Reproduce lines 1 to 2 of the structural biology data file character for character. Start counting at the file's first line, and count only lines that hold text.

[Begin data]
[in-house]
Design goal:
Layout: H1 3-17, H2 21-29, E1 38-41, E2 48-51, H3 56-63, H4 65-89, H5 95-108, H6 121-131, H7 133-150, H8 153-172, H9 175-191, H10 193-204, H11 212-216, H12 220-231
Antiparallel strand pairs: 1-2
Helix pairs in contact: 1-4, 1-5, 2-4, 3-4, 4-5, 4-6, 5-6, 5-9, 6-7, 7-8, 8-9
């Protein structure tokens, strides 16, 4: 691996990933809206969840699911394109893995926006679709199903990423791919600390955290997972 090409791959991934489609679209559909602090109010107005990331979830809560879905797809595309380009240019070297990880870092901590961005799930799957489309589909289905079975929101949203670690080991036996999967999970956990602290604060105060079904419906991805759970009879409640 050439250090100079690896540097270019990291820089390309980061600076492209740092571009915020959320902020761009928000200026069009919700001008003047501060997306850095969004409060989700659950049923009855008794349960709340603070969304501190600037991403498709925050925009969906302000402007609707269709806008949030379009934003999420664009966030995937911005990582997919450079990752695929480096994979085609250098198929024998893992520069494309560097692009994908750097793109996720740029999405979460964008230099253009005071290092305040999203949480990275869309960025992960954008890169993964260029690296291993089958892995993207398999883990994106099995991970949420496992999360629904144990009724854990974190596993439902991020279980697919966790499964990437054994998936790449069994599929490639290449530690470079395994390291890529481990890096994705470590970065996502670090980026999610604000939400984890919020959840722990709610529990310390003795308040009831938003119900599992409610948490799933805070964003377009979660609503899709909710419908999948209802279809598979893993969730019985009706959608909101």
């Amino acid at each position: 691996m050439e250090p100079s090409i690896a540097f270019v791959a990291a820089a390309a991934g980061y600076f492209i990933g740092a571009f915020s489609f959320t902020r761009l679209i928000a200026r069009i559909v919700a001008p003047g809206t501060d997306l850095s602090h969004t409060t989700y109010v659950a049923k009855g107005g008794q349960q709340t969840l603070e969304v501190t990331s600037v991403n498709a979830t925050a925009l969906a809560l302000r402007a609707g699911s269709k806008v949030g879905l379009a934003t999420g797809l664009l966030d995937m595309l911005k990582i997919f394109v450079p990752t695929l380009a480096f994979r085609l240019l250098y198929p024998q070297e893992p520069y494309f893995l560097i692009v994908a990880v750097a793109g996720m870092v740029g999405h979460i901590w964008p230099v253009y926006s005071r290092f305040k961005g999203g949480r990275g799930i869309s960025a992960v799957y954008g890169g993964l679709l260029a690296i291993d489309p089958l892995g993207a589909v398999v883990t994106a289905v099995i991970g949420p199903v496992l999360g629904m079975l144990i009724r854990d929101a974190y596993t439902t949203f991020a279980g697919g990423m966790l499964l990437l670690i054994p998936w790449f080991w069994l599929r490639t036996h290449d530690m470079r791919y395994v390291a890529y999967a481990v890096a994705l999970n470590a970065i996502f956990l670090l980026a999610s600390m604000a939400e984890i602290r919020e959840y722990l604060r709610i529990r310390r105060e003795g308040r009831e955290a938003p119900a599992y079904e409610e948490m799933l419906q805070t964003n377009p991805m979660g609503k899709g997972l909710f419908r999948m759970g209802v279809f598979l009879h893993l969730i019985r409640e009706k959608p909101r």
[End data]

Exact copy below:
[in-house]
Design goal: